Child Custody, Visitation,
and Modifications

Divorce and paternity are difficult and emotional issues. Child custody and visitation are addressed in a parenting plan, a required document for divorcing parents or unmarried fathers with legal rights. There are many factors to consider in a parenting plan and it is highly recommended that parents develop a workable plan. Otherwise, the court will decide issues regarding parental responsibilities on their behalf. High-conflict cases and parents who live more than fifty miles from each other require more structured parenting plans. These parents generally have more difficulty communicating and co-parenting.

Sole Parental Responsibility

The Florida family court system recognizes the benefits of both parents having a relationship with the child. It is rare for either parent to have exclusive physical and legal custody. For that to occur, the court must determine that shared parental responsibilities would be detrimental to the child. In certain situations, the court may order a parent to have supervised visitation. However, a parent with sole custody cannot deny visitation unless the court approves it. 

Reasons that a parent can obtain full physical and legal custody, excluding the co-parent, in Florida are:

  • Drug or alcohol abuse that interferes with parental duties 
  • Domestic violence or child abuse, neglect or abandonment 
  • Demonstrated psychological disorders that put the child in jeopardy 
  • The inability for a parent to provide a safe, stable home for a child 
  • Potential flight risk for parental child abduction 
  • Long-term incarceration 

Your Rights as an Unmarried Parent

Under Florida law, an unmarried father has no legal rights, even if the father is named on the birth certificate. If a child’s mother denies the father’s paternity, it must be established through genetic testing. Establishing paternity gives both parents the legal right to obtain a child support order and court-ordered custody or visitation. Having a legally recognized father is essential for a child to have certain legal rights. These include obtaining information on family medical history, health or life insurance benefits, child support, social security, military benefits, and inheritances.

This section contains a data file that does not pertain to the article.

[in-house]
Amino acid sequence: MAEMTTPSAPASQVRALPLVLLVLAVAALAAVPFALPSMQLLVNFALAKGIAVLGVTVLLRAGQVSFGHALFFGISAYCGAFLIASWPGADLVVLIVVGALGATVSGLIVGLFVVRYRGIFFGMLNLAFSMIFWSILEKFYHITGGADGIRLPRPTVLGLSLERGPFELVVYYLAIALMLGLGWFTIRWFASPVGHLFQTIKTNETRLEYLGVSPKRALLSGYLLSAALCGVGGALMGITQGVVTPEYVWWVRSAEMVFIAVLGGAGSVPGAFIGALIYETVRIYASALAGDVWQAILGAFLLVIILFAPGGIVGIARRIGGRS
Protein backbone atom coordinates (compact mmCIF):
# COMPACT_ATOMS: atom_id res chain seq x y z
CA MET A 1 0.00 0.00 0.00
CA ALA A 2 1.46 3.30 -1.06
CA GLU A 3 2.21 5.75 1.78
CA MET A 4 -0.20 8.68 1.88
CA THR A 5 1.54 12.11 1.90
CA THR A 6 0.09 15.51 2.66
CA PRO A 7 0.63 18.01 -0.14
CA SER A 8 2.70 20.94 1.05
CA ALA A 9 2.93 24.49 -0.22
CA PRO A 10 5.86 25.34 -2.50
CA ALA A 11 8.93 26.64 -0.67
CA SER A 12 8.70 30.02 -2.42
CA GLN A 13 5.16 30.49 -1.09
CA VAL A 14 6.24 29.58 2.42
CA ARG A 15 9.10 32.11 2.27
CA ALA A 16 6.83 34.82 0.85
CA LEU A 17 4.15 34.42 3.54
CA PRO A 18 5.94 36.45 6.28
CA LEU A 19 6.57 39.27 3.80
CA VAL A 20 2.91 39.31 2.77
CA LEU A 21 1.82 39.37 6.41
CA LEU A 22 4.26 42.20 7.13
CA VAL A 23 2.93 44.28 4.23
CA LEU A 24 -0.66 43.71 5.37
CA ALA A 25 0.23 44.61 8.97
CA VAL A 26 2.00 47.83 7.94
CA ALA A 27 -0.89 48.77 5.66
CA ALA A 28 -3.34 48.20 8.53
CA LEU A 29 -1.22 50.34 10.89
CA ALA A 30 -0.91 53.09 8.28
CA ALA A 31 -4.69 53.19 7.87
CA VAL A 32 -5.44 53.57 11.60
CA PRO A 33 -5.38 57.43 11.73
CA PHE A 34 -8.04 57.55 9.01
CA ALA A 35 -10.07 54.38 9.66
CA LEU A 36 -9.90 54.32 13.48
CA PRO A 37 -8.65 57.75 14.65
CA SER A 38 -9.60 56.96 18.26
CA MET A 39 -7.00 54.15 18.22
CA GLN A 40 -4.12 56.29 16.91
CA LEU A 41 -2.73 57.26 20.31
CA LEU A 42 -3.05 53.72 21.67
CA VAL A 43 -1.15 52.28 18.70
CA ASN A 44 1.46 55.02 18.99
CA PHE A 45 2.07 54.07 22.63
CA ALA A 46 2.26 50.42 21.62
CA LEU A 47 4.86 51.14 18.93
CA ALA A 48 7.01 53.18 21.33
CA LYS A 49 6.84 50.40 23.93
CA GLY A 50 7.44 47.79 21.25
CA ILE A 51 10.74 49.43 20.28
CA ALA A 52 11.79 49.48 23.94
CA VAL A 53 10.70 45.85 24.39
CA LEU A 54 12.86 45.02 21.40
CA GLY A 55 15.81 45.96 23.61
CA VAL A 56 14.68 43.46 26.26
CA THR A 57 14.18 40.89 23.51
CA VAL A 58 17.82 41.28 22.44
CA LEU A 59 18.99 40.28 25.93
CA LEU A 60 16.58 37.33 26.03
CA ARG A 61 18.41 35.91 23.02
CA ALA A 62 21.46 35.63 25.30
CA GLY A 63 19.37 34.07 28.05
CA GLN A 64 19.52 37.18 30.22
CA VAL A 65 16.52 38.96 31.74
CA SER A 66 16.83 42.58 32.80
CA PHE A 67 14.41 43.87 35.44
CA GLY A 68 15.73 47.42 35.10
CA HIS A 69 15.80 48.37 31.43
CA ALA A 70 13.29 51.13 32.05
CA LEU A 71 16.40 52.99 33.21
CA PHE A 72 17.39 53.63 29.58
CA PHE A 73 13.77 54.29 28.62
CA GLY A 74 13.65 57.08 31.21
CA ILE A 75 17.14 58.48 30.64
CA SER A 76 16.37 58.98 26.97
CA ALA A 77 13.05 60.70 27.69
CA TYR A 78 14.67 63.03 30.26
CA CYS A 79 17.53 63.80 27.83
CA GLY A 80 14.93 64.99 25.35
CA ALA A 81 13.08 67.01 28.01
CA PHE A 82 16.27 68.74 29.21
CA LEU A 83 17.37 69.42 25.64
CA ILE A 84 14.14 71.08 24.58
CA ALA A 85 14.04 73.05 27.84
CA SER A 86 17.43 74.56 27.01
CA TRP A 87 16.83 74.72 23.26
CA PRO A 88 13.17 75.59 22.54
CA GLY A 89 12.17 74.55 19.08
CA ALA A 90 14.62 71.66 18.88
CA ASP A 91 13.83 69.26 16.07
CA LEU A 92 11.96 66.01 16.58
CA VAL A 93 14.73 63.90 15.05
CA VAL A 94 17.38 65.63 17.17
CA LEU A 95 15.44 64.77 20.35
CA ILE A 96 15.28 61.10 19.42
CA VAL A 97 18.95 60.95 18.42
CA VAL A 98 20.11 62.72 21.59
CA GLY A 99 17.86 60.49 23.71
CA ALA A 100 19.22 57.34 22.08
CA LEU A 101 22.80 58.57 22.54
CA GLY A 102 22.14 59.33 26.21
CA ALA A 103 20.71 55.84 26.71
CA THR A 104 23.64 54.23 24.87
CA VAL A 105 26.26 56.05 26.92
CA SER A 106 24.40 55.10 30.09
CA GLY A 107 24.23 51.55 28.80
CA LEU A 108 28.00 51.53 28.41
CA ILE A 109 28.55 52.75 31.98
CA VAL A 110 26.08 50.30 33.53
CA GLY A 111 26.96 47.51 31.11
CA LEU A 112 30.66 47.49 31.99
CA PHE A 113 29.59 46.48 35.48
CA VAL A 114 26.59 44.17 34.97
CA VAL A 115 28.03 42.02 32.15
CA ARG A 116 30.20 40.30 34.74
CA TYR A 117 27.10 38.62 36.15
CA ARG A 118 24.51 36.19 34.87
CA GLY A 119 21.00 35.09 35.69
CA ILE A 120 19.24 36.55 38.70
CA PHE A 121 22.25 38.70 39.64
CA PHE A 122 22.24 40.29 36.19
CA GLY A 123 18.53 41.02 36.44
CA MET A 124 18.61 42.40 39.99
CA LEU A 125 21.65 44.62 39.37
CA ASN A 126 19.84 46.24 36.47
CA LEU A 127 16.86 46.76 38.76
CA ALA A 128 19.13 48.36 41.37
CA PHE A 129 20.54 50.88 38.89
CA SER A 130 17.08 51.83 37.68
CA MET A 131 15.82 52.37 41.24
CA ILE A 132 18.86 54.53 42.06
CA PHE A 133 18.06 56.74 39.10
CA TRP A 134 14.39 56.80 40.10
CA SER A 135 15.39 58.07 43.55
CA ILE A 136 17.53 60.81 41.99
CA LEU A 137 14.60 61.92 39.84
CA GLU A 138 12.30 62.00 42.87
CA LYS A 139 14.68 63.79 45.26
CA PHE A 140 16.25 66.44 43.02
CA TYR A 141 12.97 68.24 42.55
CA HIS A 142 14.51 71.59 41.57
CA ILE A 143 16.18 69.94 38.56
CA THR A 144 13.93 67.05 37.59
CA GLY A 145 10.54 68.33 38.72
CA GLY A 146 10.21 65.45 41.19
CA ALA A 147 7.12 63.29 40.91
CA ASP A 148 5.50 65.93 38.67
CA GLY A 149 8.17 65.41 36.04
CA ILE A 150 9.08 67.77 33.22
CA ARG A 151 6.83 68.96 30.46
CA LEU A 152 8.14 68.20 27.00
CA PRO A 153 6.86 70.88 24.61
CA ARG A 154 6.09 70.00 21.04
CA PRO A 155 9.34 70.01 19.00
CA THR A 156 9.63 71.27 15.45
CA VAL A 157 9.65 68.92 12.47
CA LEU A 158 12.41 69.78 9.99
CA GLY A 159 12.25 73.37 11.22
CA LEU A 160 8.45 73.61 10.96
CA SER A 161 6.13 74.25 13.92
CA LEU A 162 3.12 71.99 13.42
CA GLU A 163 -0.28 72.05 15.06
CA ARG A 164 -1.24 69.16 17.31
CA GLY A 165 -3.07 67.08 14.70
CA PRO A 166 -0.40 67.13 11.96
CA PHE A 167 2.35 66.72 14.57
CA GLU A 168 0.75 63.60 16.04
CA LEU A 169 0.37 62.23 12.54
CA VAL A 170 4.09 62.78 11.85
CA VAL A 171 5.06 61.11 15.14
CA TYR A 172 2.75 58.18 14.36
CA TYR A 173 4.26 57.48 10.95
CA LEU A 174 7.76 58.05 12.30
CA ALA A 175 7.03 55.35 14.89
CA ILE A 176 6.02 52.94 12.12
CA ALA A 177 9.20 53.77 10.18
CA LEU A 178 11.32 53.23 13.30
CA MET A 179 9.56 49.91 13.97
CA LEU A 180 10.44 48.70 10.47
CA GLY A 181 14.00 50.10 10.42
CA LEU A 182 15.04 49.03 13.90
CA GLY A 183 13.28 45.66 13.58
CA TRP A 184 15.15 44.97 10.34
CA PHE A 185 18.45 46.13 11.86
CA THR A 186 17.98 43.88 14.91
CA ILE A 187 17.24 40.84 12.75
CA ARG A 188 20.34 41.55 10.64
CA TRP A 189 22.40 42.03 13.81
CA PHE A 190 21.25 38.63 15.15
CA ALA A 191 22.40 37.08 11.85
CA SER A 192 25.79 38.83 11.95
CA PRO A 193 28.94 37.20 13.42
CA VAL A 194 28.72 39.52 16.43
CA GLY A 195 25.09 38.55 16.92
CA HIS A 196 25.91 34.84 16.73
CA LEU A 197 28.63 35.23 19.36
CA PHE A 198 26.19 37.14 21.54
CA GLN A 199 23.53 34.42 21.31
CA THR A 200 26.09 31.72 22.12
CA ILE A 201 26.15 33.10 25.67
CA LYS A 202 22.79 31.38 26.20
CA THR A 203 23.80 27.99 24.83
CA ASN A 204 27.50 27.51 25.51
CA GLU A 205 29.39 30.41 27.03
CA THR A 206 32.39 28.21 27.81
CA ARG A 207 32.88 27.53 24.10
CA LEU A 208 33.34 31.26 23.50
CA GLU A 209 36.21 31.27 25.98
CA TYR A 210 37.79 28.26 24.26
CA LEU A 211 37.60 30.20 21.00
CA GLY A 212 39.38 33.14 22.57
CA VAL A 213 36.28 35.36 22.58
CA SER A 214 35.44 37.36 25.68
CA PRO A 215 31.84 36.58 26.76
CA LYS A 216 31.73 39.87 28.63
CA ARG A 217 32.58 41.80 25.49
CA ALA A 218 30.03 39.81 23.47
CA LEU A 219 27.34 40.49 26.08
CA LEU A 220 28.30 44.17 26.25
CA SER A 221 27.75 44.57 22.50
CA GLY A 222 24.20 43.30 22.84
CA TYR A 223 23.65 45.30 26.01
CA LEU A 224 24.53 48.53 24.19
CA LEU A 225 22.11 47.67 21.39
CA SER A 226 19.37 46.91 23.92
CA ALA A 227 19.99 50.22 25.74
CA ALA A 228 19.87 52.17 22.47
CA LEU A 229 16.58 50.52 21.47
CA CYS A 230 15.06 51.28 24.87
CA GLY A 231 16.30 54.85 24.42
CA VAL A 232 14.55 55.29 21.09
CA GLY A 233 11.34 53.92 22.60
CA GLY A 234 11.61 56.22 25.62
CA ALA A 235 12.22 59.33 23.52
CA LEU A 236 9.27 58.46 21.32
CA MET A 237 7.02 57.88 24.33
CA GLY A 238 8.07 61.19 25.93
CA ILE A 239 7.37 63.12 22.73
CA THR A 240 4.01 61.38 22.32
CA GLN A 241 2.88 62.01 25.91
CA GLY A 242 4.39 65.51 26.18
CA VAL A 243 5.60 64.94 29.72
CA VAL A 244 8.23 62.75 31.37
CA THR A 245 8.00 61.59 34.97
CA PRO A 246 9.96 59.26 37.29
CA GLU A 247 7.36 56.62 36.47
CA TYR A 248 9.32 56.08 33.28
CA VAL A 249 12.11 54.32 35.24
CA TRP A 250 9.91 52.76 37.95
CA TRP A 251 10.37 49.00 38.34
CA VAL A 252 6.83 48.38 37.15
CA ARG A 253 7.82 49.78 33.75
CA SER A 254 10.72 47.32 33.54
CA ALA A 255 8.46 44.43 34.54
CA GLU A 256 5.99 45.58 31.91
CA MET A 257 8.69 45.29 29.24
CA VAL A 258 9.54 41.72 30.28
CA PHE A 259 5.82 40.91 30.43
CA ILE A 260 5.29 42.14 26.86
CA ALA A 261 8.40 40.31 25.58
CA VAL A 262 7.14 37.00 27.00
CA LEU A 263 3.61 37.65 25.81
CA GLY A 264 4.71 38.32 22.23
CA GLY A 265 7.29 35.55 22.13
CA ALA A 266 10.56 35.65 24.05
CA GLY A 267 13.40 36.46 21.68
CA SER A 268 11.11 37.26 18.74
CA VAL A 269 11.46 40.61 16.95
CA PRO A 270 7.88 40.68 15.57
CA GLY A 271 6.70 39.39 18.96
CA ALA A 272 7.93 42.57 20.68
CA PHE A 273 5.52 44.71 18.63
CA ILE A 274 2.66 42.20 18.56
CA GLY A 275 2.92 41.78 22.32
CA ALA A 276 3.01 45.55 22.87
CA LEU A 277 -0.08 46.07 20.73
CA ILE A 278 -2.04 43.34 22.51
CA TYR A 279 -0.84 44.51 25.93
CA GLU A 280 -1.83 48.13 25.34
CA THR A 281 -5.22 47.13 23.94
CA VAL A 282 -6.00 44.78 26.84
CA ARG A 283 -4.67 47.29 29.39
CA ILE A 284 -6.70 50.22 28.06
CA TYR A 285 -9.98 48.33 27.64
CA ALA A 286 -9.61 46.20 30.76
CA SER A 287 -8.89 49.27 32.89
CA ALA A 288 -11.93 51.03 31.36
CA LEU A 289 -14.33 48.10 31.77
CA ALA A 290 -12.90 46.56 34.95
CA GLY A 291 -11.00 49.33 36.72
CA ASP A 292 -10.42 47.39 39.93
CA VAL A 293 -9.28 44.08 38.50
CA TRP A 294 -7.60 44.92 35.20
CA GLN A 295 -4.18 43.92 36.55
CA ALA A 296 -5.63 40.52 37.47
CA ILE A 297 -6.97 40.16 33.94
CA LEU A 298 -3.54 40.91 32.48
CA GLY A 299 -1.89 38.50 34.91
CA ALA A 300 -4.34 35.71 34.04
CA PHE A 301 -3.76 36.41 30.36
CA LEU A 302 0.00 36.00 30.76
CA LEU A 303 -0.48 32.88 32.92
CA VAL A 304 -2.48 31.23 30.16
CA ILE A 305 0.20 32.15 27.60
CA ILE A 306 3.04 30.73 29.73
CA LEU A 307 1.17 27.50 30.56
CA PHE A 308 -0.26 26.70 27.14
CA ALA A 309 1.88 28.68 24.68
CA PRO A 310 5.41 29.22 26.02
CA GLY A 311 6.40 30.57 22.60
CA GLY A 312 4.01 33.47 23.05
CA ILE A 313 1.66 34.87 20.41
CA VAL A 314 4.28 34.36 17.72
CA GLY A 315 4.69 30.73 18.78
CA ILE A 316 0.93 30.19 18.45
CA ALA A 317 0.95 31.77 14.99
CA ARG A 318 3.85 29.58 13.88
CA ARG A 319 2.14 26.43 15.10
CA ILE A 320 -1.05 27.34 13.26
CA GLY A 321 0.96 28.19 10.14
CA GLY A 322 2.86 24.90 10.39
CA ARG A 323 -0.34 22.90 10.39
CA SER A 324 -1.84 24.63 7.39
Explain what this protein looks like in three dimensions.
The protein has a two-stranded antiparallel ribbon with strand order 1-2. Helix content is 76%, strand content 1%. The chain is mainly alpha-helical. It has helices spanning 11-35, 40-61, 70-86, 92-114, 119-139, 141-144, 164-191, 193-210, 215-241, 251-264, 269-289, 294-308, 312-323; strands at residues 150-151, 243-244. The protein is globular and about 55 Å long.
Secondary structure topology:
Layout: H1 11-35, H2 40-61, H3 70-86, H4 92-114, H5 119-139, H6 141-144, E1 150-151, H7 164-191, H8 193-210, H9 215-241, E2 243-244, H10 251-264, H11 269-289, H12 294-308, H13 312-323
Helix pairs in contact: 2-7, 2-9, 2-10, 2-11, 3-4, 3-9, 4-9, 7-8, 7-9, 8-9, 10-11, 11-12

Modifications of Child Custody and Visitation

A parent can petition for a modification of custody and visitation if the child’s needs have changed, the child’s safety is at risk, or the circumstances of either parent have changed significantly. The petitioning parent must provide compelling evidence of substantial, material, and unforeseeable changes in circumstances. Examples may be the relocation of a parent, domestic violence, a significant illness of a parent or a child, or evidence that a child is in danger when under the supervision of a parent. To show that a modification is in the child’s best interest, a parent can present medical records, witness testimony, school records, photos, e-mails, and more.

False Allegations

Child custody, visitation, and modification cases often face complications. These cases can be highly contentious, with parents making unfounded allegations. They may believe it will give them an advantage or disrupt the co-parent’s legal rights. False allegations have the potential to lead to criminal charges and can destroy a parent’s reputation. Victims of false allegations must have experienced legal representation to fight the claims aggressively and ensure that the focus remains on the child’s best interest. 

Sparrow & Fairchild, Attorneys at Law can guide you through Child Custody, Visitation, and Modifications

Attorney Jimmie Sparrow and Attorney Lee Fairchild understands how Family Court works and what evidence is needed to succeed in your case. Our law firm will deal with the legal system and make sure enforceable agreements are in place. We will advocate for your parental rights in an amicable agreement or help you resolve your custody and visitation disputes in court.

Help is just a phone call away. Call Sparrow & Fairchild, Attorneys at Law, for compassionate representation for all of your family law needs. Our office is conveniently located in Ocala, Florida. Contact us at 352-421-9261 to schedule a consultation to discuss your concerns.